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Busting Six Nonprofit Myths

 

I'll have to admit. At first glance, the following six myths of nonprofit work are comforting. Reassuring. Even honorable. Each providing an idealized concept about the sector, the people who work there and those who support it. But I've worked in this sector for decades. At best these myths are half-truths. At worst, terribly misleading. Either way, nonprofit myths do a great disservice to all involved. Each needs to be busted. And the truth told.

 

Read on:

 

Myth # 1: Only altruistic people work in the nonprofit sector.

  

Truth: Generalizations like this diminish the complexities of nonprofit work, and downplay the diversity of temperaments engaged in the sector. Yes, many agencies are filled with selfless saints. Souls willing and ready to make sacrifices for the greater good. But in the ranks are a fair number of sanctified sinners and restless rebels. Folks seeking personal redemption through a pathway of good works. Others finding a venue to vent righteous anger against social ills and wrongs. Plus many more employed in the sector for a variety of intricate reasons and motives ad infinitum. This results in profiles of nonprofit professionals more nuanced than we could have imagined. The sector's workers are truly a mirror reflection of the citizens, causes and communities they serve.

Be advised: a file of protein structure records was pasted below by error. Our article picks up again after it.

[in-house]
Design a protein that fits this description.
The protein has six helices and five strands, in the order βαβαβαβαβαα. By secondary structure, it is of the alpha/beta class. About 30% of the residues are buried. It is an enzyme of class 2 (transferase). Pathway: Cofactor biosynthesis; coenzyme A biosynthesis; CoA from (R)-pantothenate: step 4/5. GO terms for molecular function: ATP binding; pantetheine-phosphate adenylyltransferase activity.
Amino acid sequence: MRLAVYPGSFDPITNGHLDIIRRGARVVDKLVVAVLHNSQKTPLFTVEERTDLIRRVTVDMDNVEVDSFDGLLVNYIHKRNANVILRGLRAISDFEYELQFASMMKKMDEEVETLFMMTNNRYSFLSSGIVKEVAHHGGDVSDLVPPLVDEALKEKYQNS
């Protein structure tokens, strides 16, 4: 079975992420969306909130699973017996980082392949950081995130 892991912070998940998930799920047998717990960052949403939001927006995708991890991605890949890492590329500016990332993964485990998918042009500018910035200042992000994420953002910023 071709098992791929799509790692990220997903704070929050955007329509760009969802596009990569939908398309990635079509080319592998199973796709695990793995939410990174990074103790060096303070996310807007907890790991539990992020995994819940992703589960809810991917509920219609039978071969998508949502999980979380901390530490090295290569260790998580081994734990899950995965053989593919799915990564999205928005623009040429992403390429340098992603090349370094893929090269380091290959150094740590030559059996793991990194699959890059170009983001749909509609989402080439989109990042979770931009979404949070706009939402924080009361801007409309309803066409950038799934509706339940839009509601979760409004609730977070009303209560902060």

Myth # 2: Workers in the sector are willing to make less to have meaningful vocations there.

 

Truth: Partly true. Most people who sign up in the sector typically don't expect lucrative careers money-wise. Instead, the payoff is finding deep satisfaction in other bottom lines. At the end of a work day, a work week or a life's work in the sector they know they have made a difference by enriching the lives of others. Expanding the possibilities for all. Extricating the masses from a universal wrong. Nevertheless, nonprofit workers have to pay their bills. Send their kids to college. Save for their own rainy day. Just like the rest of the world. Among the dedicated and talented people drawn to the sector and who intend to stay as lifers are those who will have to leave it with reluctance. Out of necessity. For these, a nonprofit compensation is not adequate to make a decent living. Wish it wasn't so, but it is.